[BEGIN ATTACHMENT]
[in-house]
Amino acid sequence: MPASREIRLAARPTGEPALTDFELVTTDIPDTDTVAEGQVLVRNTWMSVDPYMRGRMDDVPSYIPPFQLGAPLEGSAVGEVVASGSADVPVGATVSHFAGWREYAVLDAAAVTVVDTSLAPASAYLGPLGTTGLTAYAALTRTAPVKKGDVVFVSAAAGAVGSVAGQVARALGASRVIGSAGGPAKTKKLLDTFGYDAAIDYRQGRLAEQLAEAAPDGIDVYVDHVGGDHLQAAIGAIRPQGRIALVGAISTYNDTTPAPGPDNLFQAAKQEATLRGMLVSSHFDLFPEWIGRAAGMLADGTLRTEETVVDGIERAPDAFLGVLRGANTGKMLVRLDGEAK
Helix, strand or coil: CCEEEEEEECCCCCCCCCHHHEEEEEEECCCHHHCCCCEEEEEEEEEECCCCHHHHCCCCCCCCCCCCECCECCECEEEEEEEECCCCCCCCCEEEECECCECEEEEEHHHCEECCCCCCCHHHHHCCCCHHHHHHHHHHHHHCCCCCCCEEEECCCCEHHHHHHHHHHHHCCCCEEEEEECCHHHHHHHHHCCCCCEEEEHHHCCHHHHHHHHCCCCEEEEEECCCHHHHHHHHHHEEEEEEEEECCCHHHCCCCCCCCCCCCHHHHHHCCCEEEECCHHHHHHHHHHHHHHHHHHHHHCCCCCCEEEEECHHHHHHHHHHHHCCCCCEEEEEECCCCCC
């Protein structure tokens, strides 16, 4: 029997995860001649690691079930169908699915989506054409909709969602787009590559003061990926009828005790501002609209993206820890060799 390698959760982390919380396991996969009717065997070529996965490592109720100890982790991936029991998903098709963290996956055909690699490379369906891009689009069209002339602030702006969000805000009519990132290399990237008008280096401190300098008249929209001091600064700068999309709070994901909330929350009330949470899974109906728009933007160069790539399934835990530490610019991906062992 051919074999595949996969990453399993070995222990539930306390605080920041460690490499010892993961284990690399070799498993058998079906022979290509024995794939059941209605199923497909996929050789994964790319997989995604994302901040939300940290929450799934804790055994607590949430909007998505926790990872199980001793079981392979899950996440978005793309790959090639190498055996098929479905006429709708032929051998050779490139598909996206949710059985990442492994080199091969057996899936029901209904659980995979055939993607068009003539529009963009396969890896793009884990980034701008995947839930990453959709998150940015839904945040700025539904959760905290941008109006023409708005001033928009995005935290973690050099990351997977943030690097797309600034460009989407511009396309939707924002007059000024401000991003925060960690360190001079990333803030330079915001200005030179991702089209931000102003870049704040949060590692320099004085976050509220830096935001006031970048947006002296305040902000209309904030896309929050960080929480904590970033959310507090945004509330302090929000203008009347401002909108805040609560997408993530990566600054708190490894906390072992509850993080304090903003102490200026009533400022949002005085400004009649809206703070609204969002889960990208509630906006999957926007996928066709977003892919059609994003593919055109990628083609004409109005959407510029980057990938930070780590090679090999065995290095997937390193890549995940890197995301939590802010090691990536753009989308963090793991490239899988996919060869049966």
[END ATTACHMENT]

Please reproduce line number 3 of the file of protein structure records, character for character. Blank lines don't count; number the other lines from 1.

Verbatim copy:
Helix, strand or coil: CCEEEEEEECCCCCCCCCHHHEEEEEEECCCHHHCCCCEEEEEEEEEECCCCHHHHCCCCCCCCCCCCECCECCECEEEEEEEECCCCCCCCCEEEECECCECEEEEEHHHCEECCCCCCCHHHHHCCCCHHHHHHHHHHHHHCCCCCCCEEEECCCCEHHHHHHHHHHHHCCCCEEEEEECCHHHHHHHHHCCCCCEEEEHHHCCHHHHHHHHCCCCEEEEEECCCHHHHHHHHHHEEEEEEEEECCCHHHCCCCCCCCCCCCHHHHHHCCCEEEECCHHHHHHHHHHHHHHHHHHHHHCCCCCCEEEEECHHHHHHHHHHHHCCCCCEEEEEECCCCCC